I have always loved this video. It's John Sebastian.
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Comment #20 posted by Hope on May 27, 2008 at 21:03:49 PT
I don't like this speech by Obama.
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Comment #19 posted by FoM on May 27, 2008 at 21:00:12 PT
I didn't know that about Willie Nelson. I think what makes Woodstock unique is the fact that about a half a million people lived together, fed each other and enjoyed each other for 3 days of Peace, Love and Understanding. It was like a city that worked. I think there was one death and one birth.Crosby Stills Nash - A Long Time Gone Woodstock 1969
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Comment #18 posted by Hope on May 27, 2008 at 20:51:02 PT
A bit like Woodstock...
only hotter and dryer!:0)
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Comment #17 posted by Hope on May 27, 2008 at 20:50:17 PT
Some of the early Willie Nelson Fourth of July
Picnics were a lot like some sort of smaller, Texas Woodstock type celebrations, as I understand.
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Comment #16 posted by FoM on May 27, 2008 at 20:46:20 PT
John Tyler
I'm glad you liked it. Woodstock came together and worked and it has never been duplicated.
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Comment #15 posted by Hope on May 27, 2008 at 20:36:20 PT
Chantix. Cannabis. THC. That sleep and drive pill.
Alcohol distributors.Do they arrest the pharmacist who fills and sells the prescriptions being taken by people involved in accidents? Do they arrest Mr. and Mrs. John McCain when someone has an accident under the influence of or after they use one of the products that Mr. and Mrs. McCain distribute?Of course they don't.The Prohibs just get lower when you think they can't go any lower.
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Comment #14 posted by John Tyler on May 27, 2008 at 20:28:26 PT
the museum
The museum is beautiful. Thanks for the link. I would love to go there to visit. It’s like the hipsters sanctified the place with their peace and love and made it some type of holy ground. How else would this, could this museum be built? That is so karmic. A museum dedicated to peace, love and understanding.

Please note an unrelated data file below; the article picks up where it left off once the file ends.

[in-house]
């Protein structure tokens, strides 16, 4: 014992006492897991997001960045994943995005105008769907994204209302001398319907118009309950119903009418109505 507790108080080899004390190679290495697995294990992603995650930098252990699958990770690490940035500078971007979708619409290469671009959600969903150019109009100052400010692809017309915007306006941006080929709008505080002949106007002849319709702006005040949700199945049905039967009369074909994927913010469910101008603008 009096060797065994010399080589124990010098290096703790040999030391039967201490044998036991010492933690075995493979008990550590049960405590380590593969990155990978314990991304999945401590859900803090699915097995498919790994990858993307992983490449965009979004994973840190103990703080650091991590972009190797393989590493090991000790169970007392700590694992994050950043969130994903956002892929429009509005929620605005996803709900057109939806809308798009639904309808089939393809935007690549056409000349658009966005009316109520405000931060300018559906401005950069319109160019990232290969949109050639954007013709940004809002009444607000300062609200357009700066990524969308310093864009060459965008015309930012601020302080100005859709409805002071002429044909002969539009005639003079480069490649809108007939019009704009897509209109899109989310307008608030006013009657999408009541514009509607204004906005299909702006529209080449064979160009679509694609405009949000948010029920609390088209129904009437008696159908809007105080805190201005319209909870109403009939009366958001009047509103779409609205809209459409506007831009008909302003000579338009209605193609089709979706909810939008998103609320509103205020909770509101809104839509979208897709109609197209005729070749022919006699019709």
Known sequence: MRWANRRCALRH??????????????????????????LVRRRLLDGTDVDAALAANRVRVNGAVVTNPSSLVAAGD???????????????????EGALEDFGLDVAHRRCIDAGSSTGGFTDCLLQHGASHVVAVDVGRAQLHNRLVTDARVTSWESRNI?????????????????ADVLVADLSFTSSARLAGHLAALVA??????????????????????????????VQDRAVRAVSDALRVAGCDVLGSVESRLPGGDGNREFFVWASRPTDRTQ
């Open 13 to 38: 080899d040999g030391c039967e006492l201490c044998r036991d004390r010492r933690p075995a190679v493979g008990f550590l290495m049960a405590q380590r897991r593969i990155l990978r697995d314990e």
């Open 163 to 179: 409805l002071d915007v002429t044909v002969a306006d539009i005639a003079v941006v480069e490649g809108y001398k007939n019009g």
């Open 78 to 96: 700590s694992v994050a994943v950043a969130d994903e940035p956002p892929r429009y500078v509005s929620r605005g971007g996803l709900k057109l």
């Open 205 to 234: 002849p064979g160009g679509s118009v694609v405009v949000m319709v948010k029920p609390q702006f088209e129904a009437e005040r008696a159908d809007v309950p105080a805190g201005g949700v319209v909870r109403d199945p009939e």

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Comment #13 posted by FoM on May 27, 2008 at 19:30:18 PT
Seems Like Deja Vu All Over Again
Excerpt: The Sixties — The decade of the 1960s was one of optimism, idealism, cultural change, turmoil, and the coming of age of the Baby Boomers. The election of John F. Kennedy signaled the passing of the torch to a new generation, a generation that, in turn, created new styles, sounds, and attitudes, and challenged traditions.
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Comment #12 posted by FoM on May 27, 2008 at 19:23:23 PT
Off Topic: The Museum At Bethel Woods
I just got this link in my e-mail. Thanks BGreen. I didn't know it was a Schedule III.
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Comment #11 posted by John Tyler on May 27, 2008 at 18:51:49 PT
Do the right thing
It seems to me that at college anybody who was into any social scene used cannabis and even some other stuff. The hippies of course, but also the regular straight kids, the frats, the sororities, the drama students, everybody, even the dorks and geeks... This was probably especially true at urban schools. Our politicians today were the outgoing, partying college kids of yester year. So guys, we know you were there. There are witnesses, and a lot of you have even "fessed up". You had a good time. You know this prohibitionist’s propaganda is bunch of lies.  You have the power now. Do the right thing and change the laws. We will support you and Karma will reward you.
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Comment #10 posted by BGreen on May 27, 2008 at 18:43:28 PT
Marinol is a schedule III drug
That means that it can be phoned in to a pharmacy with no written prescription needed. Marinol was moved from schedule II after it was shown to be of as little use to be abused as it is a replacement for herbal cannabis.A schedule II drug must have a written prescription, signed by the doctor and the doctor's DEA number must be written on the prescription (by the pharmacy if not by the doctor,) and must be filed separately from all other Rx hard copies.The Reverend Bud Green
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Comment #9 posted by FoM on May 27, 2008 at 18:14:56 PT
I didn't check out the link. I am getting better from being really sick for a long time and I avoid anything that will get me really upset. Thanks for telling us. I think Marinol is a Schedule II drug.
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Comment #8 posted by ripit on May 27, 2008 at 17:57:18 PT:
#2 ot
 i went surfin the dea site after i read the link and i noticed on the schedule page dosen't list marinol (which is thc) yet it lists thc and cannabis in 1 but seperatly.i hate hypocrytes.
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Comment #7 posted by FoM on May 27, 2008 at 17:00:28 PT
New York Times Editorial
Thirty-Five Years of Rockefeller ‘Justice’